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Lane opens new Sensory Wellbeing Hub

A specialized environment where diverse learners can thrive

Elliott+Murphy+uses+sensory+stimulating+artifacts+in+the+Sensory+Wellbeing+Hub+at+the+ribbon-cutting+Aug.+30.
Elliott Murphy uses sensory stimulating artifacts in the Sensory Wellbeing Hub at the ribbon-cutting Aug. 30.

Elliott Murphy uses sensory stimulating artifacts in the Sensory Wellbeing Hub at the ribbon-cutting Aug. 30.

Simone Brenner

Simone Brenner

Elliott Murphy uses sensory stimulating artifacts in the Sensory Wellbeing Hub at the ribbon-cutting Aug. 30.

By Simone Brenner, A&E Editor

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Five years ago, Assistant Principal Mollie Hart had a vision of a room where students in Lane’s Diverse Learners Program could go for peace and focus. On Aug. 30, this vision became a reality as student Elliott Murphy cut the ribbon for the “Sensory Wellbeing Hub,” also known as the Lane Tech Sensory Room.

What I noticed was that there was no space that I felt was safe for the kids to go when they were upset, when they needed a quiet time and a break from the academics,” Hart said. “Maybe they were upset and punching something or hurting themselves and I wanted some place that they could go that was safe and protected, where an adult could be with them to regroup and refocus themselves.”

Lisa Adams, the project’s head architect from HKS, Inc., worked in collaboration with Hart, teachers of the diverse learners program, autism researchers and behavioral psychologists to create a room that would be beneficial to Lane students, but also easily replicated at other schools.  

According to Adams, the room — constructed with a simple metal framing system and clip-on panels — consists of three zones, each designed to put different senses to use.

Zone one is a tactile garden with touch and auditory cues to help stimulate the students two most sensitive senses. Zone two is a restibit zone, designed to help someone in a state of overstimulation calm down. It includes games for small motor skills, a projection wall with calming videos and a light bright wall with color acrylic pegs. The third zone has a media wall with an interactive flat screen of calming biophilic scenes. This zone also includes a large cocoon, used as a micro environment. A child can go into the cocoon, pull it out against the media wall and have their own sensory experience.

“Throughout the course of their learning day, due to their disabilities, students become severely hyper-stimulated or hypo-stimulated. Some of the students can reach a state where they’re needing to have some sensory cues that help their brain to refocus so they are able to return to the classroom environment and be more successful with the daily lesson plans or engaging with other students.” Adams said.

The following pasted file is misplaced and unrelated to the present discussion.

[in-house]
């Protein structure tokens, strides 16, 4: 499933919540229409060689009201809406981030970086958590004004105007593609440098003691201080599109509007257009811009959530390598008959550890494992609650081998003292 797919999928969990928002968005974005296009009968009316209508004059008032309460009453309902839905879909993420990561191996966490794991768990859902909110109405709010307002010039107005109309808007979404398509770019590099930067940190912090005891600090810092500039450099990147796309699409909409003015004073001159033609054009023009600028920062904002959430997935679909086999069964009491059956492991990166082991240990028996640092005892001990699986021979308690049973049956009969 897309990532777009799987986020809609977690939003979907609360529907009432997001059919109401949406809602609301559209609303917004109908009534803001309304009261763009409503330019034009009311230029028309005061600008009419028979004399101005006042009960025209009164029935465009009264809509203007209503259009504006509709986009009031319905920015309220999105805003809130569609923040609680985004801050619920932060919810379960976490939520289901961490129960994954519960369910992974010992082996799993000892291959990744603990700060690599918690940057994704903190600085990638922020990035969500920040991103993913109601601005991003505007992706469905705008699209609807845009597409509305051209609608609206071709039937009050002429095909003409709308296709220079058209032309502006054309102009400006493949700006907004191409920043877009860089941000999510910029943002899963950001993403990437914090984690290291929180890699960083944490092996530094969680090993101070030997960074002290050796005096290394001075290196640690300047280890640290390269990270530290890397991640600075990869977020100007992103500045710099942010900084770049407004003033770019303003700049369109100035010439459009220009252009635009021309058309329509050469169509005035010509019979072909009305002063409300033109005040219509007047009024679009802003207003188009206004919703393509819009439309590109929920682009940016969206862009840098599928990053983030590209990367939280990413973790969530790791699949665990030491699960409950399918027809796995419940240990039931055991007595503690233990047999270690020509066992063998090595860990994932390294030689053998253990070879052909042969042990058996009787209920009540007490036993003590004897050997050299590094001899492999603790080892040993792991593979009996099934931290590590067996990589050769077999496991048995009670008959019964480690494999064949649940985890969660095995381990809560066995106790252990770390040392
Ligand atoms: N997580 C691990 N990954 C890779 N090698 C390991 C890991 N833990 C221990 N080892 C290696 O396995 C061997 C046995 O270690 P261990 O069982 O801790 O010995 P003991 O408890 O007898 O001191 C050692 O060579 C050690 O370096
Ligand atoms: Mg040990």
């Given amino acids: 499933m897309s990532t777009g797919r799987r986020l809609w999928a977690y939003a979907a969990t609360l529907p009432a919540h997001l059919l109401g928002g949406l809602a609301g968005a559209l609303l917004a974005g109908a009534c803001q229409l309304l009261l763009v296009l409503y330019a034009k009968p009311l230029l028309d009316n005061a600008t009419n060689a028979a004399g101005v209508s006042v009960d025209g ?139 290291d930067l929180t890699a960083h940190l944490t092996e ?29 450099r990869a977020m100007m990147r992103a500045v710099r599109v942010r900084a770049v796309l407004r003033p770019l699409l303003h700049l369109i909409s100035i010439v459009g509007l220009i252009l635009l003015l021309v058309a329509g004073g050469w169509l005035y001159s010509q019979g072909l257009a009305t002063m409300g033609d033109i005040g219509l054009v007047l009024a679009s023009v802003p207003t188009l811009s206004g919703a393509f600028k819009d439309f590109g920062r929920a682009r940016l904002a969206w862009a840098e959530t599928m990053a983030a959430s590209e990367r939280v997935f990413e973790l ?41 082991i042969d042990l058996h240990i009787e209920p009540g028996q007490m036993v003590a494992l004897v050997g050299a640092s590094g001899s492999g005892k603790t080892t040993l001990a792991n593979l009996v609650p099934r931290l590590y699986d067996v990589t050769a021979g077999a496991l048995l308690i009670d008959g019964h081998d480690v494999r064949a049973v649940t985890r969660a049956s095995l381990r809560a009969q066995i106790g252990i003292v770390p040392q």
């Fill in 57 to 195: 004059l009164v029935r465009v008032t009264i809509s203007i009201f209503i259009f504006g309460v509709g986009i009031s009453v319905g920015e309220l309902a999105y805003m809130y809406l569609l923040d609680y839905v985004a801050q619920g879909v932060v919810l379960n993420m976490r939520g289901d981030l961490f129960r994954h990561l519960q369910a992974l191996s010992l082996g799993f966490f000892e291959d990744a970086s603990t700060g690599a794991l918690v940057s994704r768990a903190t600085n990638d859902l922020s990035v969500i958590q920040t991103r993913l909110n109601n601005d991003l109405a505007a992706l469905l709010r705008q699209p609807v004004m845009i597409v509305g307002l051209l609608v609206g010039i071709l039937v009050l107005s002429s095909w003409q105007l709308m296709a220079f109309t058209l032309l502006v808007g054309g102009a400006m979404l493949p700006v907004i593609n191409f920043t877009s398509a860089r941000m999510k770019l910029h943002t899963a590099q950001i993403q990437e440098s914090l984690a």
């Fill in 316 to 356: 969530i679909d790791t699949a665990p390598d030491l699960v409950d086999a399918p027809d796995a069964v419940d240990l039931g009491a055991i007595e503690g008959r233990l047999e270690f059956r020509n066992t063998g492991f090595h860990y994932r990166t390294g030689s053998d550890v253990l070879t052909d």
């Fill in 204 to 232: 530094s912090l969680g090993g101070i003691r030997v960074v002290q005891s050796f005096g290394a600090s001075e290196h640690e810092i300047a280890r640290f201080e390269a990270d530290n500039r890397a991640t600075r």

Adams wanted the room to be based on research instead of copying what others have done with sensory rooms in the past. Through research, her team found that most sensory rooms include a lot of color and flashing lights, but these features tended to overstimulate Lane students.

“More often than not, what these students need is a rest area, somewhere where they can decompress and calm down,” Adams said. “In fact, everyone I think could really use that.”

The teachers of the Diverse Learners Program are still deciding how they want to use the space during the school day.

Ms. Mullin, a teacher in the Cluster Program, says the teachers are hoping to create a schedule so that students do not have to have certain behaviors to earn the room, but instead can incorporate it in as some kind of therapy to go along with the occupational and physical therapy their students receive throughout the day. She said the main goal is to see students be able to self regulate better after using the room.

“I walked through it with a student karabel and saw him engaged with every aspect of the room,” Mullin said. “He was playing with the computer components, he was using the trampoline and pegs. His attention was focused on the task he was working on and he was able to use it for different reasons. He was using the trampoline to get his energy out and the cocoon to relax.”

Elliott Murphy, a student in Lane’s Cluster Program, said he may use the room if one of his classmates is being loud.

“It feels good,” Murphy said. “I like the pulley things and the stretchy things. I’m strong when I pull them. It’s almost like a house or something.”

The sensory room would not have been possible without generous donations. Fundraising for the room was directed by the Lane Tech Alumni Association. The association’s president, Michelle Weine, said it took about a year to fundraise using the alumni association website as the engine for the fundraiser. Adams also received a research grant, and HKS made the project their annual fundraising campaign.

Weine said the team all had a very transformative experience throughout the process. She said she hopes the innovative room can be studied so other schools can benefit from the outcomes of Lane’s sensory room.

“We want to make sure that the students, whether they’re diverse learners or athletes or musicians or artists, that every student has the ability to be a champion in the School of Champions,” Weine said.

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Lane opens new Sensory Wellbeing Hub